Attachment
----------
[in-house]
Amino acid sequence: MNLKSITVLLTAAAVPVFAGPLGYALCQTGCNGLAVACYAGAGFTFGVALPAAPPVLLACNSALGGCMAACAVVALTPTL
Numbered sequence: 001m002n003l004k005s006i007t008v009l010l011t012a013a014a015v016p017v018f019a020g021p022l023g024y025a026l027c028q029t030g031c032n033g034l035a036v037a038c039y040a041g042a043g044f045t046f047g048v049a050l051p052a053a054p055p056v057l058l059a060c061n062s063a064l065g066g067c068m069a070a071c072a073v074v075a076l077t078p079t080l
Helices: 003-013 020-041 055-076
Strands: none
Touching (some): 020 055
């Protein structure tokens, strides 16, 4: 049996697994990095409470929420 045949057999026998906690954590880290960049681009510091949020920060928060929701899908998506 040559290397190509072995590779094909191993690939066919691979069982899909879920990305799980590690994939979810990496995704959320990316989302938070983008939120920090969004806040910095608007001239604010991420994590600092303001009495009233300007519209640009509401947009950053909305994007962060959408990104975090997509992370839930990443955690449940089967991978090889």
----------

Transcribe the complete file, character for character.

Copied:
[in-house]
Amino acid sequence: MNLKSITVLLTAAAVPVFAGPLGYALCQTGCNGLAVACYAGAGFTFGVALPAAPPVLLACNSALGGCMAACAVVALTPTL
Numbered sequence: 001m002n003l004k005s006i007t008v009l010l011t012a013a014a015v016p017v018f019a020g021p022l023g024y025a026l027c028q029t030g031c032n033g034l035a036v037a038c039y040a041g042a043g044f045t046f047g048v049a050l051p052a053a054p055p056v057l058l059a060c061n062s063a064l065g066g067c068m069a070a071c072a073v074v075a076l077t078p079t080l
Helices: 003-013 020-041 055-076
Strands: none
Touching (some): 020 055
């Protein structure tokens, strides 16, 4: 049996697994990095409470929420 045949057999026998906690954590880290960049681009510091949020920060928060929701899908998506 040559290397190509072995590779094909191993690939066919691979069982899909879920990305799980590690994939979810990496995704959320990316989302938070983008939120920090969004806040910095608007001239604010991420994590600092303001009495009233300007519209640009509401947009950053909305994007962060959408990104975090997509992370839930990443955690449940089967991978090889």